After so many months of sheltering at home, you and your family are probably excited to get outside. And even if you’ve seen the news that being outdoors is safer, maybe you’ve also seen pictures of crowded beaches, parks, and hiking trails, and wonder if it’s really safe to exercise outdoors.
At AltaMed, we know that feeling like you’re trapped inside can place a strain on your mental health. While exercise is one of the best things you can do for your physical and mental health, we urge you to use extreme caution when you go outdoors. Read on to learn how to minimize the risks while participating in outdoor activities.
Plan Ahead for a Trip to the Park
First, check to make sure your park is open. Then pick a time when it’s likely to be less crowded – this could be early mornings and weekdays. Since we’re getting into the warmer times of the year, avoid afternoons when the sun is at its peak (even in the mornings or when it doesn’t seem sunny, UV rays can still damage your eyes and skin). Make sure you can safely maintain a distance of at least six feet from anyone else who is not in your household, and of course, don’t forget to wear a cloth face covering.
Also, remember to practice coronavirus etiquette! Even as you social distance, remember that other people need their space, too. If possible, avoid taking a large group of people from your household on an outing. And always walk single-file to make sure others can safely pass.
Take a Pass on Playgrounds
Even if you find an empty playground, keep in mind that you don’t know who was there before you, and it may not have been sanitized. Plus, as a parent, you know how difficult it is to keep your child from touching their face. For now, there’s no guarantee that public playgrounds are safe.
Do Your Best to Stay Out of Public Bathrooms
At this point, scientists still aren’t sure if the coronavirus can spread through waste products – and there are plenty of other surfaces for germs to hide on. Your best bet is to avoid public restrooms altogether. However, if that doesn’t sound like a reality, prepare a kit that includes:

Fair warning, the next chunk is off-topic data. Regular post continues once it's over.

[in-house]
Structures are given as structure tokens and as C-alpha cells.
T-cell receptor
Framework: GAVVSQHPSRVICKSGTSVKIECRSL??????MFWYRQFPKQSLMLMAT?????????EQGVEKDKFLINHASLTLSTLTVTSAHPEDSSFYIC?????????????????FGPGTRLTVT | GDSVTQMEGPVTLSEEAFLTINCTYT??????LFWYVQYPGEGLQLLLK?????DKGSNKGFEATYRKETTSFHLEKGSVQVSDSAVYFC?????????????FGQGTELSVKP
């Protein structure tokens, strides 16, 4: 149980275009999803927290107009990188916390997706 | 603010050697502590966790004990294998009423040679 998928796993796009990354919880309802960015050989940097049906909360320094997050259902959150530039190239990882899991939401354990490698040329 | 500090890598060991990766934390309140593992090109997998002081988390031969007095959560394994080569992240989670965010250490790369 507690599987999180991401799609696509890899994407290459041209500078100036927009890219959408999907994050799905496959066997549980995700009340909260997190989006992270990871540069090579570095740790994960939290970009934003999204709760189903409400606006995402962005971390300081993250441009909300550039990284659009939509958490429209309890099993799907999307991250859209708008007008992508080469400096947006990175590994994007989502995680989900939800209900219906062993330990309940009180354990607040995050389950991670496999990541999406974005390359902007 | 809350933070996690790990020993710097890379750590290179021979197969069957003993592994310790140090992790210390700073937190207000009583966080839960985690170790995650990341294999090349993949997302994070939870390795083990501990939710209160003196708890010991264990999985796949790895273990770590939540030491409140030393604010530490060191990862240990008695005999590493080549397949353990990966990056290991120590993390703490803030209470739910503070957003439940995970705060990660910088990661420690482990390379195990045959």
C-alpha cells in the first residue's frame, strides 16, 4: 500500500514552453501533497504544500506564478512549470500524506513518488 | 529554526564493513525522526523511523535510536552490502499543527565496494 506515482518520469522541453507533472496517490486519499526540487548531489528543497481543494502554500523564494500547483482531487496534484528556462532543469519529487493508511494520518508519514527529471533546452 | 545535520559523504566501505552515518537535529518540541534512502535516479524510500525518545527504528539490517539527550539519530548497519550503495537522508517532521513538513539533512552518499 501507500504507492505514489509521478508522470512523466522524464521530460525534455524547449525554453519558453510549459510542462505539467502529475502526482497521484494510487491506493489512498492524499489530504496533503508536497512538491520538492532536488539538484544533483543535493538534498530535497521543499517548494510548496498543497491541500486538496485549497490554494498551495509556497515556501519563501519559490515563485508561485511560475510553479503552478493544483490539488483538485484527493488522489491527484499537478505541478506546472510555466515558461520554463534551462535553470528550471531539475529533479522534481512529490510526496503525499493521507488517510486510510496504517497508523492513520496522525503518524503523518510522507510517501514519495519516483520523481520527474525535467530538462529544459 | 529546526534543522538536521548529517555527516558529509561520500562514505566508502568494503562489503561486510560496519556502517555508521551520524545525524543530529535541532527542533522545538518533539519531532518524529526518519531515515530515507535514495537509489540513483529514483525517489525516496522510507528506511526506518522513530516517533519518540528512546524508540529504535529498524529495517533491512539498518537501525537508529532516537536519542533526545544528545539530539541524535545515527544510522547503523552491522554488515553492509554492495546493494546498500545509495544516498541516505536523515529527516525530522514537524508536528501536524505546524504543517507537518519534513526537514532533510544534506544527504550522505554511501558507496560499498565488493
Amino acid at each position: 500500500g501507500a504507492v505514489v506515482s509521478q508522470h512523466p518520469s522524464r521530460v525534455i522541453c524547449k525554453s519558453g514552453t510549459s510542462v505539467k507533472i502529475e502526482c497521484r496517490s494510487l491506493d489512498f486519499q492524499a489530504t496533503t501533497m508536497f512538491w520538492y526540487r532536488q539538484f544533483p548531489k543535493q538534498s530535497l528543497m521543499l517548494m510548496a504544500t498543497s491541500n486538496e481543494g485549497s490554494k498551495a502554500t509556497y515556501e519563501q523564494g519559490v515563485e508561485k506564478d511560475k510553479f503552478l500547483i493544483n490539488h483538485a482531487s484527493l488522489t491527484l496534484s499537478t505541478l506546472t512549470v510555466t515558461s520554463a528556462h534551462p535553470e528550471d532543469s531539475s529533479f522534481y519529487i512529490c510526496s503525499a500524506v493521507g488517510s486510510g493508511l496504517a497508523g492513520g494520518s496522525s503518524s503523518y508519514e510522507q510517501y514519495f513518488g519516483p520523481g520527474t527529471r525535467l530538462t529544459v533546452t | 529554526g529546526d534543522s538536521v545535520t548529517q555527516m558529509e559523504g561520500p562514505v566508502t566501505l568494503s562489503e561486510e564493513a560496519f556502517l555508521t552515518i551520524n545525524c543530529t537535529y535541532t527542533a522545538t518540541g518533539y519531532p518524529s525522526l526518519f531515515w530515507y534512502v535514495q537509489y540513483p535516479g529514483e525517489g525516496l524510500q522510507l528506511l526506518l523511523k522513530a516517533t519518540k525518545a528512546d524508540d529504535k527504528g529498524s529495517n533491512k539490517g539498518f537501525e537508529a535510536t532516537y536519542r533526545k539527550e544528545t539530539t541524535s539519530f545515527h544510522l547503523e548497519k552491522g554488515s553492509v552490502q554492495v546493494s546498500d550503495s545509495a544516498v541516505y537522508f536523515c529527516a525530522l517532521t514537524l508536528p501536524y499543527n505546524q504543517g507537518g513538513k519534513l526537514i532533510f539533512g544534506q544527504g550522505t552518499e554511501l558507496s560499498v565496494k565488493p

•Disposable toilet seat covers
•Disposable plastic gloves
Avoid touching anything in the restroom – this includes doorknobs, sink faucets, or toilet lids. Don’t use air dryers, which can potentially spread small particles throughout the air.
Exercise Caution at Public Pools
Here’s some good news for summer: Covid-19 has not been shown to spread through water, and public pools use chemicals that kill or inactivate the virus. That doesn’t mean you can let your guard down.
If you want to swim at a public pool, such as those run by Los Angeles County or even a pool at an apartment or condominium complex, make sure it is cleaned frequently. Avoid the area entirely if there’s a gathering of ten or more people. To keep your family safe:
•Don’t share equipment, such as swimming masks, snorkels, pool noodles, flippers, kickboards, or even towels.
•Don’t wear a face covering while you’re swimming.
•Avoid public restrooms and communal changing areas.
It’s Too Early for Team Sports
It’s fine to play catch with your family but participating in a game with people outside your household increases everyone’s risk for transmitting the virus.
If you’ve got a young athlete who is afraid all the time off will affect their performance, they can still practice some of their individual skills, such as running, throwing, or dribbling in a physically-distanced and safe environment. Get involved and get creative!
The Lowest-Risk Ways to Stay Active:
Try Exercising at Home
If you have a yard, that’s the perfect place for jumping jacks, skipping rope, jogging in place, or even a brisk game of “tag.” You can also walk laps around your neighborhood (while practicing physical distancing, of course).
Think of YouTube and Apps as Your New Personal Gym
There are thousands of different exercise videos and apps for your phone available, representing every activity you can think of – from yoga and Pilates to weight-lifting, high- intensity interval training, dance, and more.
Start a Do-It-Yourself Weight Training Routine
You should still do at least 30 minutes of cardiovascular exercise most days of the week, but weight-training can help you get even more out of your fitness routine. You’ll increase your lean muscle mass, which can fire up your metabolism and protect your joints and bones. If you lack equipment, you can also use simple household items for your weights:
•A gallon of water or jug of kitty-litter or laundry detergent makes a great kettlebell.
•Instead of dumbbells, lift canned food or bottles of water.
•A dishtowel or a scarf can be used in place of a resistance band.
•A paper plate can be used in place of a glider on carpet and a towel can be used on hard flooring.
Above All, Exercise Caution!
Not sure if you’re healthy enough for vigorous exercise? Call us first. Our facilities are open, and you may be able to see a doctor with a telehealth visit. We want you to get active and have fun, but your family’s health and safety is our top priority.